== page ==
Thanks for putting this all together! I just wanted to expand on Michael’s suggestion of quantum computing. There is increasing interest in industry to provide quantum computing tools. A few standouts that I see publishing/talking at conferences are
These companies are advertising their product as a tool for machine learning (among other things). Further, these companies are all just cloud service providers. Their goal is to get their product online as fast as possible for use by whoever can afford it. I would need to do more research to figure out how quantum machine learning impacts x-risk (it could be small assuming machine learning on classical computers develops quickly but scaling quantum hardware is slow), but playing the right role in these companies could be very high impact.
I also wanted to add a possibly off-topic note of caution about physics research. I am currently a grad student in experimental physics, so this is possibly overly-pessimistic about university research (grass is always greener on the other side). However, I would be cautious optimizing your resume completely to do research as a professor, which is what I think many physicists do. Academic positions are extremely competitive and best suited to people who are interested in the research for its own sake rather than for the impact it has. So I think it is important to either be very sure how excited you are about physics for its own sake (does it match the level of your young professors?) or to build a resume that could also veer towards your favorite non-physics direction, if needed (e.g. taking a few classes in writing good code, doing an internship in industry).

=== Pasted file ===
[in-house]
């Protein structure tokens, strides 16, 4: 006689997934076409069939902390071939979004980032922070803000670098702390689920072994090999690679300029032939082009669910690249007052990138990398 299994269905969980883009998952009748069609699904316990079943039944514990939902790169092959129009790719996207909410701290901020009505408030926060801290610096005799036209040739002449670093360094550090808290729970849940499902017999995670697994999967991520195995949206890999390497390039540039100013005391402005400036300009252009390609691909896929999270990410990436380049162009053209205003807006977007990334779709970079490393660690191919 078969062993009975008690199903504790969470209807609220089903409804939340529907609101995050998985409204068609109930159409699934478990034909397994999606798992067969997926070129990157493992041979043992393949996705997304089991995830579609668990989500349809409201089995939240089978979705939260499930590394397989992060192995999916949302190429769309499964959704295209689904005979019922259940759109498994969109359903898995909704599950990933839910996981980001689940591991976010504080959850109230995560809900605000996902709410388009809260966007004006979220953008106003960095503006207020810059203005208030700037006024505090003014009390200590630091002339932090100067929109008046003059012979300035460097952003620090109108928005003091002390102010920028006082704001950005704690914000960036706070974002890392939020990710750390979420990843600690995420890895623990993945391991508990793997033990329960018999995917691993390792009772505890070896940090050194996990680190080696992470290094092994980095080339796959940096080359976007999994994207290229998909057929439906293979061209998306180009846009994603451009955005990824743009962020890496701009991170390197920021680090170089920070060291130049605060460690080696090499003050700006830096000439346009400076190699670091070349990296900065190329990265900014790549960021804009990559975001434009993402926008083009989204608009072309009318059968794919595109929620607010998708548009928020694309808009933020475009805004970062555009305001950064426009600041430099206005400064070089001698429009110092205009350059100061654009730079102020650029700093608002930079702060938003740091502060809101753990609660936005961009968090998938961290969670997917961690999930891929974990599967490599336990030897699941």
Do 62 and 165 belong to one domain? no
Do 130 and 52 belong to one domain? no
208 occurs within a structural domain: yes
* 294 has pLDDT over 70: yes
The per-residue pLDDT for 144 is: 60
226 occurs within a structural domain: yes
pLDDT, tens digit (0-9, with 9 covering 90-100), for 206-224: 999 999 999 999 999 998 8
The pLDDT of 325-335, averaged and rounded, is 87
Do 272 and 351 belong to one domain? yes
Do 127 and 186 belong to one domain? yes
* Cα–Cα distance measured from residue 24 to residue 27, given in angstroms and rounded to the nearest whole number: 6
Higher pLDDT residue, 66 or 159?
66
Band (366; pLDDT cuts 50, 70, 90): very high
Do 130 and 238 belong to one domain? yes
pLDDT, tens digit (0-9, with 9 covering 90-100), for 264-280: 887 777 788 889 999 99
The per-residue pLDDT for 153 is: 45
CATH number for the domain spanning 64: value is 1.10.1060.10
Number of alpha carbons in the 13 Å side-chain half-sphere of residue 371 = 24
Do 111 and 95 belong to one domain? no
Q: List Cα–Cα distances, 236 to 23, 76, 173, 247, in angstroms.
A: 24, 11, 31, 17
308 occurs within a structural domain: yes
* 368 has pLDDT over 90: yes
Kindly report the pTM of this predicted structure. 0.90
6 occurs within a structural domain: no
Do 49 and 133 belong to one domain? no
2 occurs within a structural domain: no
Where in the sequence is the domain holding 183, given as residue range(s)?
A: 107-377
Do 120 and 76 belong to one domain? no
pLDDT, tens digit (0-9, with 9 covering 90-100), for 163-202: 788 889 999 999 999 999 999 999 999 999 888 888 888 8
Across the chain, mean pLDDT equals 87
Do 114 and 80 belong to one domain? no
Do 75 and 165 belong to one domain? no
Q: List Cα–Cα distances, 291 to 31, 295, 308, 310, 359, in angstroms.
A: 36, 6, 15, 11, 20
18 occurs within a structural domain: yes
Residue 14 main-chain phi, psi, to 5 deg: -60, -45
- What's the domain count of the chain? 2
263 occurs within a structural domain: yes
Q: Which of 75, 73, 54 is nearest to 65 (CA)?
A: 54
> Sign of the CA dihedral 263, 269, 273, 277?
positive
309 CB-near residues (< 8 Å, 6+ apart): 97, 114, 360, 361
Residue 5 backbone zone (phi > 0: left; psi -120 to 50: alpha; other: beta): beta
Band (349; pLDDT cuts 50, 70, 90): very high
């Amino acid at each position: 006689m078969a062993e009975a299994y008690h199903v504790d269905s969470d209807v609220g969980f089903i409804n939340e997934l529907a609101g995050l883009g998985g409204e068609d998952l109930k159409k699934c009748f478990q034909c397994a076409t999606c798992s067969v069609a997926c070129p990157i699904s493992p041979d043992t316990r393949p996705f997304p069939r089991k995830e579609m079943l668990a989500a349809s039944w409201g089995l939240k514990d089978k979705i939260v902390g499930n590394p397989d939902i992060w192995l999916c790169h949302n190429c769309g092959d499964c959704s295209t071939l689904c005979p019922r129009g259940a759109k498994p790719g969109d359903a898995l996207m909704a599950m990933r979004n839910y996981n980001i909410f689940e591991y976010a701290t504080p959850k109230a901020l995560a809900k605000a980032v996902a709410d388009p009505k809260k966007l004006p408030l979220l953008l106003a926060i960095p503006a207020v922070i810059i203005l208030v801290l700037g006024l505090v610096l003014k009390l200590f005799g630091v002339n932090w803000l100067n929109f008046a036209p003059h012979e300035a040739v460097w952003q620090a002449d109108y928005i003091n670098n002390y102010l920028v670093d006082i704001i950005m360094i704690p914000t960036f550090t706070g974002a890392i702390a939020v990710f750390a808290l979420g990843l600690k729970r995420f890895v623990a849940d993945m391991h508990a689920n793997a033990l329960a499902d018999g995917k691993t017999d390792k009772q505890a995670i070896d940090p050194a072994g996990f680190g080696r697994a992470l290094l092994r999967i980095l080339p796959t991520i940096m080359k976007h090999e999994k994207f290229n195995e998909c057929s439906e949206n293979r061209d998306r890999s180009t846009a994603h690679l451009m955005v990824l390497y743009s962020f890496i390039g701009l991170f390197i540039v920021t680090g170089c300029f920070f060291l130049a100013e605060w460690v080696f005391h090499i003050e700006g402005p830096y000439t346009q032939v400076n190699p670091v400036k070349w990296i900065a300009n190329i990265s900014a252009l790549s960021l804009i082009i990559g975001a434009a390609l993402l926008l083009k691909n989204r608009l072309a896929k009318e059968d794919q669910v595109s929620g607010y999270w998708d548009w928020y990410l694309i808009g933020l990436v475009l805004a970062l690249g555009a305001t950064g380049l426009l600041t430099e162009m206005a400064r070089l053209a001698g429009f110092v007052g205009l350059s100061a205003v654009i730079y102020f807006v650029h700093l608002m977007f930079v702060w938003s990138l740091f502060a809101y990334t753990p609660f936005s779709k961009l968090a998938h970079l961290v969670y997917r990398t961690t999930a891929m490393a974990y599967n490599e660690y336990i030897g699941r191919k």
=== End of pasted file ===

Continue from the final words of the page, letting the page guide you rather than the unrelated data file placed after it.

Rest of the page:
[epistemic status: anecdotical] on not doing physics
If you want to build a resume in a non-physics direction, as Christopher suggests, and you are early in your career, don’t wait too long to explore alternatives. I personally made a mistake by not exploring alternative options enough before I finished my master’s degree (in Europe).